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History of The Peloponnesian War - Book II   

Assembling in Doberus, they prepared for descending from the heights
upon Lower Macedonia, where the dominions of Perdiccas lay; for the
Lyncestae, Elimiots, and other tribes more inland, though
Macedonians by blood, and allies and dependants of their kindred,
still have their own separate governments. The country on the sea
coast, now called Macedonia, was first acquired by Alexander, the
father of Perdiccas, and his ancestors, originally Temenids from
Argos. This was effected by the expulsion from Pieria of the Pierians,
who afterwards inhabited Phagres and other places under Mount
Pangaeus, beyond the Strymon (indeed the country between Pangaeus
and the sea is still called the Pierian Gulf); of the Bottiaeans, at
present neighbours of the Chalcidians, from Bottia, and by the
acquisition in Paeonia of a narrow strip along the river Axius
extending to Pella and the sea; the district of Mygdonia, between
the Axius and the Strymon, being also added by the expulsion of the
Edonians. From Eordia also were driven the Eordians, most of whom
perished, though a few of them still live round Physca, and the
Almopians from Almopia. These Macedonians also conquered places
belonging to the other tribes, which are still theirs- Anthemus,
Crestonia, Bisaltia, and much of Macedonia proper. The whole is now
called Macedonia, and at the time of the invasion of Sitalces,
Perdiccas, Alexander's son, was the reigning king.
These Macedonians, unable to take the field against so numerous an
invader, shut themselves up in such strong places and fortresses as
the country possessed. Of these there was no great number, most of
those now found in the country having been erected subsequently by
Archelaus, the son of Perdiccas, on his accession, who also cut
straight roads, and otherwise put the kingdom on a better footing as
regards horses, heavy infantry, and other war material than had been
done by all the eight kings that preceded him. Advancing from Doberus,
the Thracian host first invaded what had been once Philip's
government, and took Idomene by assault, Gortynia, Atalanta, and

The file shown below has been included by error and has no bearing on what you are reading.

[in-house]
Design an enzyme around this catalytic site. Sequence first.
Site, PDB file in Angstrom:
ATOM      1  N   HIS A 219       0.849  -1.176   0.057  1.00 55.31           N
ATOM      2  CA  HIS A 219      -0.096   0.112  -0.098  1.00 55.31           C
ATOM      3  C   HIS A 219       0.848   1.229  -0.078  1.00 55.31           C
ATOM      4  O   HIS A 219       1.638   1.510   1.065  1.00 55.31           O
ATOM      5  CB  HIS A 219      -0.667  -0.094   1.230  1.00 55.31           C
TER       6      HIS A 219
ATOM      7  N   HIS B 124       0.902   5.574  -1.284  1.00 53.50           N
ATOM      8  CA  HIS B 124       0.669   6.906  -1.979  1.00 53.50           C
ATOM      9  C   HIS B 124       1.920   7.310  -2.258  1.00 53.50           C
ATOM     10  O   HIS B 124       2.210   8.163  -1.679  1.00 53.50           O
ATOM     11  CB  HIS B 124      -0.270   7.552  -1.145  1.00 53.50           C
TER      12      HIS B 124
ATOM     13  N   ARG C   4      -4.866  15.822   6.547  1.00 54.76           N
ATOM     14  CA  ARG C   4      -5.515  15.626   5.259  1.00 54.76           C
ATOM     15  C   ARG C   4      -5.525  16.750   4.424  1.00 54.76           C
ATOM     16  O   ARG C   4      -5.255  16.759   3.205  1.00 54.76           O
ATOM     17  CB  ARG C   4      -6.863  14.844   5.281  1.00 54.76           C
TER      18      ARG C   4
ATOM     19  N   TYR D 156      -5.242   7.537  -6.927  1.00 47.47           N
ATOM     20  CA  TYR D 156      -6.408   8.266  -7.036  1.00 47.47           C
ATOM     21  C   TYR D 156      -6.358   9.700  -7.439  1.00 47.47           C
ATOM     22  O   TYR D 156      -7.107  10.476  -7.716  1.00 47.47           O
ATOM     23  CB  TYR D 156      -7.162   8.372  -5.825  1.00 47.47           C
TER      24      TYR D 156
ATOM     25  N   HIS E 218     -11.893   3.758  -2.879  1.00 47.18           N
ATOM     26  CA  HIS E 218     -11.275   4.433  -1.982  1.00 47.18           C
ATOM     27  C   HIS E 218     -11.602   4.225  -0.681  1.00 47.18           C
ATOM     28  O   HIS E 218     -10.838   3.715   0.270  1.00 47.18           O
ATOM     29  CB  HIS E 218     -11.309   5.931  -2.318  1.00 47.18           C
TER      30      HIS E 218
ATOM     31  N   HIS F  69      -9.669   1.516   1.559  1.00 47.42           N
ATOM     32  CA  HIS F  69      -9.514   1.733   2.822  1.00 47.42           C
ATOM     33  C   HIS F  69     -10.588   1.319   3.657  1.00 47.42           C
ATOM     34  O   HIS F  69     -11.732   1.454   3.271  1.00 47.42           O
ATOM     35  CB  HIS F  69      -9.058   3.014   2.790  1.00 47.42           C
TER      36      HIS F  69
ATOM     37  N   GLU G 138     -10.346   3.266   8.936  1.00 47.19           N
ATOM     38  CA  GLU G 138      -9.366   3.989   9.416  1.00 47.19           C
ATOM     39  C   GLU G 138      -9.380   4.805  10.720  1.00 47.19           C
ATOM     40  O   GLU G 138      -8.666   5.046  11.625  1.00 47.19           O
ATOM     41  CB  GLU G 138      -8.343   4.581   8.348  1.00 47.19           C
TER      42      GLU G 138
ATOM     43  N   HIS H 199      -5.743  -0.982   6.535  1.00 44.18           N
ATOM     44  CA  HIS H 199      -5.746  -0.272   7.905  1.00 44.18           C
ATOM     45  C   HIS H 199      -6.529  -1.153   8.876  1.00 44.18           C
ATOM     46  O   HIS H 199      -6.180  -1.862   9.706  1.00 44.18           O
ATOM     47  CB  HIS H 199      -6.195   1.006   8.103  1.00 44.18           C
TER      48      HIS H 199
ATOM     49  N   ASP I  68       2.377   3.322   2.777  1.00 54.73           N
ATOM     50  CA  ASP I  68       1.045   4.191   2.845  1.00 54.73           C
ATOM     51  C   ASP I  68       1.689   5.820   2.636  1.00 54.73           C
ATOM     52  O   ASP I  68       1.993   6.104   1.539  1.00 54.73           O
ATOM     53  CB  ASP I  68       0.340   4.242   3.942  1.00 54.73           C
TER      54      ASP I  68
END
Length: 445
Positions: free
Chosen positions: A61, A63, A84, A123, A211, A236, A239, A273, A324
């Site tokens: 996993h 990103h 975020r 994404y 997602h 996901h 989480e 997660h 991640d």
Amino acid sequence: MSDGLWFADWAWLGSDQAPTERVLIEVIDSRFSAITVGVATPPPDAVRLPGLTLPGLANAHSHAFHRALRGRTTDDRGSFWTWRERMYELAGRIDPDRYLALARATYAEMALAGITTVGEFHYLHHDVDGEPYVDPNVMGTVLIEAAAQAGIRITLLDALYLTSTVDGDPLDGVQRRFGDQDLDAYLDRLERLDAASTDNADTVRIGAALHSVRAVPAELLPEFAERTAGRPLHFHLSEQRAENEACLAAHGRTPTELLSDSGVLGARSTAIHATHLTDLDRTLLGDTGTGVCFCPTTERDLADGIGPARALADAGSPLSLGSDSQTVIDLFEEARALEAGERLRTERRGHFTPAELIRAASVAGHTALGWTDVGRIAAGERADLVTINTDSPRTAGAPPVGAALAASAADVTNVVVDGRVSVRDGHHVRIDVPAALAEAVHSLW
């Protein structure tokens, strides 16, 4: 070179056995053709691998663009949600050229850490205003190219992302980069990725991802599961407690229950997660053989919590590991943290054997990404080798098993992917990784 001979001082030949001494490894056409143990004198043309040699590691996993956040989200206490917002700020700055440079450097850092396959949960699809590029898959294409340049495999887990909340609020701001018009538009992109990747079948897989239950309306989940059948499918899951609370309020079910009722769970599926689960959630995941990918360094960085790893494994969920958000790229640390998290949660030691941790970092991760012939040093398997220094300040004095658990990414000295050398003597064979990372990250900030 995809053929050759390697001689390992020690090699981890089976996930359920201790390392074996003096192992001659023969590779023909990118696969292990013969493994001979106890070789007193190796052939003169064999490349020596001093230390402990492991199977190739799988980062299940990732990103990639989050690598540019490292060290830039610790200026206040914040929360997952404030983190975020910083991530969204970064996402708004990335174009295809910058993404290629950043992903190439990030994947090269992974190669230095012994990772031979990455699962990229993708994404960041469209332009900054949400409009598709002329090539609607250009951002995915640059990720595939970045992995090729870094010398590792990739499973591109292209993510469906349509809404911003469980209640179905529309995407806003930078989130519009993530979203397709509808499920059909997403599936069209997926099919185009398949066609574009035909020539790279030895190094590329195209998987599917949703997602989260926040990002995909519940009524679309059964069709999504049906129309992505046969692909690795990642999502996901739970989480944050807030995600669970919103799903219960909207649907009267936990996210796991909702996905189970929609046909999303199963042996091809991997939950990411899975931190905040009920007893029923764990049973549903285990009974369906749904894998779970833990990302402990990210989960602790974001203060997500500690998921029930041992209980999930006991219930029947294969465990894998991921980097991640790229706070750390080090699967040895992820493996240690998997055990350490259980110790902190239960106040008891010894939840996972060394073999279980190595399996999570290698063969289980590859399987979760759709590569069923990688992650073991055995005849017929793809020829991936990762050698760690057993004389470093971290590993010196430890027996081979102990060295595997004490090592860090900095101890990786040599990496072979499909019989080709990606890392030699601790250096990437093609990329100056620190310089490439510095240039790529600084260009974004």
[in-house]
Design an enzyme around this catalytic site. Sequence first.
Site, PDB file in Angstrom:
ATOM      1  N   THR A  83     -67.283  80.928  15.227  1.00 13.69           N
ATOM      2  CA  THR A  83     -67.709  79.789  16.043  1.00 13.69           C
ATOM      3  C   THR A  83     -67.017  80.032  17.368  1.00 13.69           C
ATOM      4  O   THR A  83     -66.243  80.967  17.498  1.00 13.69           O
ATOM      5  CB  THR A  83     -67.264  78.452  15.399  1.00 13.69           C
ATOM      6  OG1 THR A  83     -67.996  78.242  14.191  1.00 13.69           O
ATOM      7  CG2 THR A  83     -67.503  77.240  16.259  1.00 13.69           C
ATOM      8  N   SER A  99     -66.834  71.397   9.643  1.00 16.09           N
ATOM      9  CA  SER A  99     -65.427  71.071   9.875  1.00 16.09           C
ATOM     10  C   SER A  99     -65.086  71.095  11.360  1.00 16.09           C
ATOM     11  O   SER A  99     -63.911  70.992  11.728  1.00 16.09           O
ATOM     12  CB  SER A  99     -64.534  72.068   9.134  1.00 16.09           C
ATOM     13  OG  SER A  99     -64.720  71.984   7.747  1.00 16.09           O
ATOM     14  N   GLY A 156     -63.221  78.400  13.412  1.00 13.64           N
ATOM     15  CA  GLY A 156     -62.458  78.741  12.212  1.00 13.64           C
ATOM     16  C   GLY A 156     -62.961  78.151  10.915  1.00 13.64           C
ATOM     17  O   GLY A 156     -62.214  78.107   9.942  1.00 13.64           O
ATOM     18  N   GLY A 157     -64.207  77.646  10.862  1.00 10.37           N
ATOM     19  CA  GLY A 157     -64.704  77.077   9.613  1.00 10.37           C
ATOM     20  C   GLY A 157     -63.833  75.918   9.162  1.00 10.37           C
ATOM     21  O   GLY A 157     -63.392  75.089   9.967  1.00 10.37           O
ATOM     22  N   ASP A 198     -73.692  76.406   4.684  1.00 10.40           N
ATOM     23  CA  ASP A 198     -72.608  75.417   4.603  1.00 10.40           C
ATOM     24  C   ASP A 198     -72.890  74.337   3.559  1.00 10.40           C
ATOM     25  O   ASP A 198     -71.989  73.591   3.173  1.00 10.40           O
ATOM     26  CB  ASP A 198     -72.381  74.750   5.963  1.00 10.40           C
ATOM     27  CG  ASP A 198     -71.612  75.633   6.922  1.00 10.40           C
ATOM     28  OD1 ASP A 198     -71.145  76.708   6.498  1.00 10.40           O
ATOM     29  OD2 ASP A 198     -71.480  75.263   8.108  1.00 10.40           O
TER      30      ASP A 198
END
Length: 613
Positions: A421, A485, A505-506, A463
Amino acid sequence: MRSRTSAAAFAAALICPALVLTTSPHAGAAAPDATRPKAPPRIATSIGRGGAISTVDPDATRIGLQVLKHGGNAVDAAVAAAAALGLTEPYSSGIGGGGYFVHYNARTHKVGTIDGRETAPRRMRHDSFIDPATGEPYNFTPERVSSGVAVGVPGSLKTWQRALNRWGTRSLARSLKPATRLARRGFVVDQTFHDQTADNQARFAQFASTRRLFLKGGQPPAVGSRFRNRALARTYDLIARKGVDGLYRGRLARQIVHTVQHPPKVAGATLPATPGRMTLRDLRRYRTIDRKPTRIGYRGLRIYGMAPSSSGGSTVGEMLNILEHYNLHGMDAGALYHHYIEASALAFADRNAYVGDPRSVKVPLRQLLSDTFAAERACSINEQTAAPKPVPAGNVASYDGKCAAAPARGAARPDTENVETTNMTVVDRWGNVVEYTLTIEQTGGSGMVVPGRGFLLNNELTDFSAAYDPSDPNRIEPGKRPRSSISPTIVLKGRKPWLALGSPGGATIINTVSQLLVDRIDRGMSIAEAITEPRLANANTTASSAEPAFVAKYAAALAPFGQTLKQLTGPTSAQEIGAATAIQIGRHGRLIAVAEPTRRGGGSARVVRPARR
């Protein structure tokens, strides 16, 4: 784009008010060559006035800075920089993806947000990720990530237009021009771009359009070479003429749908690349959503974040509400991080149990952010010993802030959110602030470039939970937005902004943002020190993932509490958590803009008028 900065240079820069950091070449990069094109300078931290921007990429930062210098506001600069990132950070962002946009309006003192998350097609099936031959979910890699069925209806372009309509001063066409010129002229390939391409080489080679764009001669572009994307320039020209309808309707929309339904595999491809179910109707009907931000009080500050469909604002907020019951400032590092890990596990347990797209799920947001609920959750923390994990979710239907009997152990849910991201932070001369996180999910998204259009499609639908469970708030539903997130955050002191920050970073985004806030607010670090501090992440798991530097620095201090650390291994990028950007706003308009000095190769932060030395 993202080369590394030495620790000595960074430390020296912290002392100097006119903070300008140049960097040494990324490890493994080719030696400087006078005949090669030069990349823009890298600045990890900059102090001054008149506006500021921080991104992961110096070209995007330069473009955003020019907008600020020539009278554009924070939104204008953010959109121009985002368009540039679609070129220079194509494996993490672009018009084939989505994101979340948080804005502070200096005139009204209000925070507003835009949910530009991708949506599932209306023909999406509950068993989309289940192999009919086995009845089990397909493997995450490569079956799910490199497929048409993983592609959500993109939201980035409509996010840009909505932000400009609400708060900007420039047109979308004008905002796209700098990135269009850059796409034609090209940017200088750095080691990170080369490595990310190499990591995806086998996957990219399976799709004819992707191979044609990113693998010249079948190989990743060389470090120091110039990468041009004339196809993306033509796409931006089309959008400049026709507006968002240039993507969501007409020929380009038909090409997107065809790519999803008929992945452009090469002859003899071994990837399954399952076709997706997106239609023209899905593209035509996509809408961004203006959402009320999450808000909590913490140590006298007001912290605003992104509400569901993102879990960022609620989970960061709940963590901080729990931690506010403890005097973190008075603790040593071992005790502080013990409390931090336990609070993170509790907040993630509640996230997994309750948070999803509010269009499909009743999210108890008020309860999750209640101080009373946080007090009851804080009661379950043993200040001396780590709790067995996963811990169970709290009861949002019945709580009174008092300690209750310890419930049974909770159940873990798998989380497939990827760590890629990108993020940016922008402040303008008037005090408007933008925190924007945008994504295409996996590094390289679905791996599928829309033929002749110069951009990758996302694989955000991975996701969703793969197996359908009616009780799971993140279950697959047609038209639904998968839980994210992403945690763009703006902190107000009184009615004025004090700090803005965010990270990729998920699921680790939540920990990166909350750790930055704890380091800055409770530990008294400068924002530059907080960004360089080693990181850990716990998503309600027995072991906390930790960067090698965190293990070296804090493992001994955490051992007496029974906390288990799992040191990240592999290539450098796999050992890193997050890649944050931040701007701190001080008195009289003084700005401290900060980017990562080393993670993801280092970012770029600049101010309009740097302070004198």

some other places by negotiation, these last coming over for love of
Philip's son, Amyntas, then with Sitalces. Laying siege to Europus,
and failing to take it, he next advanced into the rest of Macedonia to
the left of Pella and Cyrrhus, not proceeding beyond this into
Bottiaea and Pieria, but staying to lay waste Mygdonia, Crestonia, and
The Macedonians never even thought of meeting him with infantry; but
the Thracian host was, as opportunity offered, attacked by handfuls of
their horse, which had been reinforced from their allies in the
interior. Armed with cuirasses, and excellent horsemen, wherever these
charged they overthrew all before them, but ran considerable risk in
entangling themselves in the masses of the enemy, and so finally
desisted from these efforts, deciding that they were not strong enough
to venture against numbers so superior.
Meanwhile Sitalces opened negotiations with Perdiccas on the objects
of his expedition; and finding that the Athenians, not believing
that he would come, did not appear with their fleet, though they
sent presents and envoys, dispatched a large part of his army
against the Chalcidians and Bottiaeans, and shutting them up inside
their walls laid waste their country. While he remained in these
parts, the people farther south, such as the Thessalians, Magnetes,
and the other tribes subject to the Thessalians, and the Hellenes as
far as Thermopylae, all feared that the army might advance against
them, and prepared accordingly. These fears were shared by the
Thracians beyond the Strymon to the north, who inhabited the plains,
such as the Panaeans, the Odomanti, the Droi, and the Dersaeans, all
of whom are independent. It was even matter of conversation among
the Hellenes who were enemies of Athens whether he might not be
invited by his ally to advance also against them. Meanwhile he held
Chalcidice and Bottice and Macedonia, and was ravaging them all; but
finding that he was not succeeding in any of the objects of his
invasion, and that his army was without provisions and was suffering

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